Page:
St. Louis named one of nation’s top LGBT-friendly cities
On Nov. 27, the Human Rights Campaign released the Municipal Equality Index (MEI), which rates a selection of 137 U.S. cities on the policy and community accommodations offered to the lesbian, gay, bisexual and transgender community. Focusing on nondiscrimination laws and accessible public programs and services available for the LGBT community, the MEI ranked St. Louis as one of the most LGBT-friendly cities in the nation. This index particularly focuses on municipal over state law, permitting cities like St. Louis, which received a score of 100 out of 100, to rank higher than a city like Northampton, Mass., which legalized gay marriage eight years ago. Pride St. Louis, a community-based organization that promotes gender identity and sexual orientation equality, has been supporting the LGBT community in St. Louis since it hosted its first Gay and Lesbian Pride Celebration in 1980. Today, Pride St. Louis works closely with OUTgrads, Wash. U.’s lesbian, gay, bisexual, transgender, queer, questioning, intersex, ally and asexual graduate student group. It is also in the process of forming closer ties with Pride Alliance, Wash. U.’s undergraduate gay, genderqueer, lesbian, bisexual, transgender, transsexual, queer, questioning, intersex, ally and asexual association. Below, community members and students reflect on St. Louis’s rating and their own experiences with the LGBT community at Wash. U. and in St. Louis.
Director of Education and Outreach
Pride St. Louis
“I do think [the rating] holds some substance. I think that, you know, Pride St. Louis has seen at the pride festival an increase in involvement through the community. I think our legislative involvement here in St. Louis is also supporting equality as well. You know, Mayor [Francis] Slay is a very big supporter of LGBT rights, and just last week we saw that St. Louis county passed anti-discrimination law that covers the entire county, so I think that the Equality Index really does reflect the city of St. Louis and even the suburbs that were starting to come together to realize that, ‘Hey, everyone should be treated fairly and equal.’”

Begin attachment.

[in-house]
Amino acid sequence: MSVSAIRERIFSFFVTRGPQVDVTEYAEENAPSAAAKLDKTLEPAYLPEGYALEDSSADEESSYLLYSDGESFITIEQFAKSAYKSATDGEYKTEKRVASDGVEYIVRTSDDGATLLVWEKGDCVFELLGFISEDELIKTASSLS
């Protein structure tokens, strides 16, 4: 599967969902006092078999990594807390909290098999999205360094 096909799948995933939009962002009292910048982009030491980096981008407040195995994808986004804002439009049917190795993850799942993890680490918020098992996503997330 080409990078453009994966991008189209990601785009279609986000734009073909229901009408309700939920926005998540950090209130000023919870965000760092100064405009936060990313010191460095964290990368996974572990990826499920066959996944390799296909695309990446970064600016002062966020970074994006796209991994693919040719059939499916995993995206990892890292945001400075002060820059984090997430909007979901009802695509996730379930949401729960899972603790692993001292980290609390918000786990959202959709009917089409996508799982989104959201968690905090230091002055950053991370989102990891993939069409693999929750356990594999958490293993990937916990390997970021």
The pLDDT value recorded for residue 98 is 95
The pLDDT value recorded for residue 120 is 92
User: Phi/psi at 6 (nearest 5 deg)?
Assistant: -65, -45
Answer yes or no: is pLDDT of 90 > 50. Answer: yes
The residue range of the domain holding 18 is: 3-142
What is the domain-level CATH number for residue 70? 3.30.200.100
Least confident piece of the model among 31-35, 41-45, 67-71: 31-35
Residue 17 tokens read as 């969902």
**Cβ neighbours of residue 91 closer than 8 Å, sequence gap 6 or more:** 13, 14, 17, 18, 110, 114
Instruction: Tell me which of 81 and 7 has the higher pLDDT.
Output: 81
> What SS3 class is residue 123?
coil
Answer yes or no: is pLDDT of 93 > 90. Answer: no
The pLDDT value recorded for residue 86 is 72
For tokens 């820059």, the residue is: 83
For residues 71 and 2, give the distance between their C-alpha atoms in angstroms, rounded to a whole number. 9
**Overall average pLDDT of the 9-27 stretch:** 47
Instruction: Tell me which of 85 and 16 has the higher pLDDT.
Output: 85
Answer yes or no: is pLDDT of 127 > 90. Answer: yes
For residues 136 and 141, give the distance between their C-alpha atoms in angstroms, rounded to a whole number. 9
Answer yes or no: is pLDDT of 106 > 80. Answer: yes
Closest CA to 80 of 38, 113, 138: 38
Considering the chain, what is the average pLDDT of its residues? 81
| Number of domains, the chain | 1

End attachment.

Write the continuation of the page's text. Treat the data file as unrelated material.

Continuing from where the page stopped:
“I don’t have a vast experience. I guess I’ve been to the bars in Tower Grove—that has a pretty active LGBT scene, and the bars are pretty gay-friendly or gay-oriented. I worked at Coffee Cartel, which is a very gay-friendly business, and the management is pretty much exclusively gay…It seems sort of, like, how do you rate the gay-friendliness of a city? To some degree, it’s going to be a little bit arbitrary. And I think that in any city you’ll find sort of like pockets.
“I think that being on a university campus is sort of an anomaly, so I’m not sure that it’s a reflection of all of St. Louis, but I think at Wash. U. it’s a very open community, and one of my roommates from last year identifies with that group and is very involved on Wash. U.’s campus, but I am not sure how that reflects St. Louis as a whole. But I do think it’s surprising actually to think of St. Louis that way—because of the racial tension—that they would be so accepting of that big of a LGBT community.”